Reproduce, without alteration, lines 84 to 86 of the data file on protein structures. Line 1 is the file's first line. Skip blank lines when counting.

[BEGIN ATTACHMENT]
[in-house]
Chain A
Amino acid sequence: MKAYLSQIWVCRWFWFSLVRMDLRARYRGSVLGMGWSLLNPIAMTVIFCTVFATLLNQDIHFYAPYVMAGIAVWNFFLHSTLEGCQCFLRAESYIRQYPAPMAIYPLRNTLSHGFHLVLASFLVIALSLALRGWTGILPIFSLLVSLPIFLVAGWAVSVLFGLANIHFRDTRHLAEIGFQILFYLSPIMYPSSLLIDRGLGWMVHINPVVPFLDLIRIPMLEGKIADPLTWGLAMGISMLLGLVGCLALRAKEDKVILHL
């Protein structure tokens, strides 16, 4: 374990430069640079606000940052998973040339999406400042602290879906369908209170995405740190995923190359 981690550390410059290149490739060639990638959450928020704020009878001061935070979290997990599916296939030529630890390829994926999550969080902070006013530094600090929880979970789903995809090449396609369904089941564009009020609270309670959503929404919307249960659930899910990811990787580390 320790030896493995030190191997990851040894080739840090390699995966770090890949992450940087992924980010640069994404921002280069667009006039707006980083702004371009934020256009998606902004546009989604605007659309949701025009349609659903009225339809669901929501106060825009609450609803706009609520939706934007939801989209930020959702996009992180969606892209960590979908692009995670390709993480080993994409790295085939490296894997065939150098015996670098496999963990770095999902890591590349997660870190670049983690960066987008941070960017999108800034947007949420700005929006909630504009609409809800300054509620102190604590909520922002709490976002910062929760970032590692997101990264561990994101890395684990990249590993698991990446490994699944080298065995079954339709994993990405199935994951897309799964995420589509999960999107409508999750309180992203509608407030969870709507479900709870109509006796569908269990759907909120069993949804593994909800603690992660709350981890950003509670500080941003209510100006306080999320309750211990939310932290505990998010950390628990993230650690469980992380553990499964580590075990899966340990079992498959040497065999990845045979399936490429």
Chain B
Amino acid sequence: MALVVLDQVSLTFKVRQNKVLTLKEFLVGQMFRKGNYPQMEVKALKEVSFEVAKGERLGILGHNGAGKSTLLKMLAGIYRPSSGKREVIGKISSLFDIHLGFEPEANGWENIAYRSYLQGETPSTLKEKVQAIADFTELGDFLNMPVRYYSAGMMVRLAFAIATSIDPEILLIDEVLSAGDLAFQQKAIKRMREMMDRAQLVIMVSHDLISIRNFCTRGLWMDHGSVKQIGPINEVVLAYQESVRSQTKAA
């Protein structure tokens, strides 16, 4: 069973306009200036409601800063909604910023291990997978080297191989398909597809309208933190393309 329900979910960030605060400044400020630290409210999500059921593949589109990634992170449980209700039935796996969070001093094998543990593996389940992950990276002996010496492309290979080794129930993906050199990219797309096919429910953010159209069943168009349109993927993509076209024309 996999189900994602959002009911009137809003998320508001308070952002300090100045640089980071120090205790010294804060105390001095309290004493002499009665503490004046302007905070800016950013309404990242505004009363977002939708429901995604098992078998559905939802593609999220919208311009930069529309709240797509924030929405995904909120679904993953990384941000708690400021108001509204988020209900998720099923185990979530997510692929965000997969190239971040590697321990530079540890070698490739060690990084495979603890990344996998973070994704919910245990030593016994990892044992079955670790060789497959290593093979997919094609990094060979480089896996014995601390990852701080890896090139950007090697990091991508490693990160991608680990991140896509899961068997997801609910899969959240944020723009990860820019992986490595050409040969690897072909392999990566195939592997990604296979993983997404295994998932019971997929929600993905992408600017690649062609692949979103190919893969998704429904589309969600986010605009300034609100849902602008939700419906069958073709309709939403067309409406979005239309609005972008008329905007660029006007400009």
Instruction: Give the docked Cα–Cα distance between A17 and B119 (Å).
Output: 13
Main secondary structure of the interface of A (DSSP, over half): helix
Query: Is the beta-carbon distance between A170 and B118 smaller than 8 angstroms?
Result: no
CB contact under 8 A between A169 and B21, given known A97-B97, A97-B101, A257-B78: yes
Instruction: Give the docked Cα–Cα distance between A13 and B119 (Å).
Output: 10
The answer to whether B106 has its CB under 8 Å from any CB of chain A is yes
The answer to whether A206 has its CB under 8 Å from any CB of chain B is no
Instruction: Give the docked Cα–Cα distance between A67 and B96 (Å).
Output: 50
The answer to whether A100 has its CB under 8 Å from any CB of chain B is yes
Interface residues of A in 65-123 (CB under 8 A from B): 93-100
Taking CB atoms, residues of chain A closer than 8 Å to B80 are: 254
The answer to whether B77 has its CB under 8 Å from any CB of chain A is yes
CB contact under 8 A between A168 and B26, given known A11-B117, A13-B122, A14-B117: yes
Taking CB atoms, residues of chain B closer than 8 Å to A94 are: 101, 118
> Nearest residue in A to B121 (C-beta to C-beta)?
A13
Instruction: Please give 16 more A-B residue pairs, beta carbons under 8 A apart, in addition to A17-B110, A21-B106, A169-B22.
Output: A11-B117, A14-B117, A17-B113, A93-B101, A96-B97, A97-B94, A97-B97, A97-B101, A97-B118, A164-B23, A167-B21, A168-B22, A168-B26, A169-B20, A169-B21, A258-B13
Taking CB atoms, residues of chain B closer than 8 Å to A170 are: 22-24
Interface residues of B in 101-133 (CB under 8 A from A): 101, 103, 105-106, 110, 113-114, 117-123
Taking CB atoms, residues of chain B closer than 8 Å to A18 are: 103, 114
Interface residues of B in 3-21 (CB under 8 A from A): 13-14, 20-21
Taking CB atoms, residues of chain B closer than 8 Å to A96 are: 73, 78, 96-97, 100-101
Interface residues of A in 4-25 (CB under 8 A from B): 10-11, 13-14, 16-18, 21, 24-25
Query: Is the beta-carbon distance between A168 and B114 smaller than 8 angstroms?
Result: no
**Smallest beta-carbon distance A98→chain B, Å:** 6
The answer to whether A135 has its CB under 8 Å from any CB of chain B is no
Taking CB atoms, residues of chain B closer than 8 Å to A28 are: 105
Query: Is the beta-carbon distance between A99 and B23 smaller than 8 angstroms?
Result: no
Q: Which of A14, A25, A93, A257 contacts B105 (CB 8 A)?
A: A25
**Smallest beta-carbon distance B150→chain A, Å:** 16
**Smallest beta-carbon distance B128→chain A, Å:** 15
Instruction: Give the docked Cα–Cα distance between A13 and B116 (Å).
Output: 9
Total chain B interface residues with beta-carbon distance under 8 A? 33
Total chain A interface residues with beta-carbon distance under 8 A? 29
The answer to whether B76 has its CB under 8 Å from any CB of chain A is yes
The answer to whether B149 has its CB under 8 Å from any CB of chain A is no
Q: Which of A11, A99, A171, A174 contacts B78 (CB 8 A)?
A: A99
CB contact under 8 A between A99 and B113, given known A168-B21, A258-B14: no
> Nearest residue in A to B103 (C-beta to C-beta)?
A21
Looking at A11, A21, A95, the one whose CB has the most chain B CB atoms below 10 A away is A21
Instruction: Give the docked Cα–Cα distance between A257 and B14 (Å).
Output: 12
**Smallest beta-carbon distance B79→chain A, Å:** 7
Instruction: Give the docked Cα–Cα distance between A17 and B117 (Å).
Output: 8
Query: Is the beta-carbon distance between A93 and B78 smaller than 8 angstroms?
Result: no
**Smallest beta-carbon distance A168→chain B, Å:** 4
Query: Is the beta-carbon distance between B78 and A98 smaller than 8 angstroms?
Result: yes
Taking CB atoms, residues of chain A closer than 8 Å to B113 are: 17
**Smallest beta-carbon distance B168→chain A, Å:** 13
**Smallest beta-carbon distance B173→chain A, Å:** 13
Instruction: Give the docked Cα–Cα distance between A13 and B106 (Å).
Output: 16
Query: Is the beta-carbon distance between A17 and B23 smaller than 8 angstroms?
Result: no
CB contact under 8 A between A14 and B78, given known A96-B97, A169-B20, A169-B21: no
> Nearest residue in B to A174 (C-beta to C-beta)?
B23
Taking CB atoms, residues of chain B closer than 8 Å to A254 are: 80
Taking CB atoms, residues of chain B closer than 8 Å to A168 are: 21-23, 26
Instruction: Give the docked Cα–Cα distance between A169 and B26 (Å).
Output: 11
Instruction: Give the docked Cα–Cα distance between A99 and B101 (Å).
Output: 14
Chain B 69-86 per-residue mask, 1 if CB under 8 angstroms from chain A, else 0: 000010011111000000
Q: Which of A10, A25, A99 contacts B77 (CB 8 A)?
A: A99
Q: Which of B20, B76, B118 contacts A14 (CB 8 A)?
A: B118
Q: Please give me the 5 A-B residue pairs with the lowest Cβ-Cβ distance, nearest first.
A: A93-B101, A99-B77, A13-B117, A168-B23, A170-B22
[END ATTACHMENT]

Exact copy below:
Output: 14
Chain B 69-86 per-residue mask, 1 if CB under 8 angstroms from chain A, else 0: 000010011111000000
Q: Which of A10, A25, A99 contacts B77 (CB 8 A)?